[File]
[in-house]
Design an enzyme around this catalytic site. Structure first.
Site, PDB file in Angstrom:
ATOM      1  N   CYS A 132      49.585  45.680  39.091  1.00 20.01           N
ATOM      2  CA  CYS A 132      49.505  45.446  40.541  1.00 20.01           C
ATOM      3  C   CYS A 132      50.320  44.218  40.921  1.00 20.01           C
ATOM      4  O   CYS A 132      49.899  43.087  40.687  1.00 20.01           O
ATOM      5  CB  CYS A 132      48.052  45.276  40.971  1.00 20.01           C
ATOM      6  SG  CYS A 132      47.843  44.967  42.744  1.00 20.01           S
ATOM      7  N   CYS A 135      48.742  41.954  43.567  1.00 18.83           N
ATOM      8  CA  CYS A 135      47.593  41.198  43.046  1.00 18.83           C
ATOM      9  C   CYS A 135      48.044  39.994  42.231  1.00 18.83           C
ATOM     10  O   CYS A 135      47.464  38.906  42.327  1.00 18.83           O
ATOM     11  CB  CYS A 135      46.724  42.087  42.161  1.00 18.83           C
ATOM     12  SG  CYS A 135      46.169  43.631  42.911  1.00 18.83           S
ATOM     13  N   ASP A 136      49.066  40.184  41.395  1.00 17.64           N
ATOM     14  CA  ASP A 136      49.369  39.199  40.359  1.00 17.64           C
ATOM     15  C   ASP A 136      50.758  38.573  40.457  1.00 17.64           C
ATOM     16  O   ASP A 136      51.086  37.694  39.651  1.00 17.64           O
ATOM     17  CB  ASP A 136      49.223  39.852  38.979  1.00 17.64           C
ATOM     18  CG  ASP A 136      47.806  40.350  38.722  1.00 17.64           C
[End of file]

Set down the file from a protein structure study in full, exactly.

[in-house]
Design an enzyme around this catalytic site. Structure first.
Site, PDB file in Angstrom:
ATOM      1  N   CYS A 132      49.585  45.680  39.091  1.00 20.01           N
ATOM      2  CA  CYS A 132      49.505  45.446  40.541  1.00 20.01           C
ATOM      3  C   CYS A 132      50.320  44.218  40.921  1.00 20.01           C
ATOM      4  O   CYS A 132      49.899  43.087  40.687  1.00 20.01           O
ATOM      5  CB  CYS A 132      48.052  45.276  40.971  1.00 20.01           C
ATOM      6  SG  CYS A 132      47.843  44.967  42.744  1.00 20.01           S
ATOM      7  N   CYS A 135      48.742  41.954  43.567  1.00 18.83           N
ATOM      8  CA  CYS A 135      47.593  41.198  43.046  1.00 18.83           C
ATOM      9  C   CYS A 135      48.044  39.994  42.231  1.00 18.83           C
ATOM     10  O   CYS A 135      47.464  38.906  42.327  1.00 18.83           O
ATOM     11  CB  CYS A 135      46.724  42.087  42.161  1.00 18.83           C
ATOM     12  SG  CYS A 135      46.169  43.631  42.911  1.00 18.83           S
ATOM     13  N   ASP A 136      49.066  40.184  41.395  1.00 17.64           N
ATOM     14  CA  ASP A 136      49.369  39.199  40.359  1.00 17.64           C
ATOM     15  C   ASP A 136      50.758  38.573  40.457  1.00 17.64           C
ATOM     16  O   ASP A 136      51.086  37.694  39.651  1.00 17.64           O
ATOM     17  CB  ASP A 136      49.223  39.852  38.979  1.00 17.64           C
ATOM     18  CG  ASP A 136      47.806  40.350  38.722  1.00 17.64           C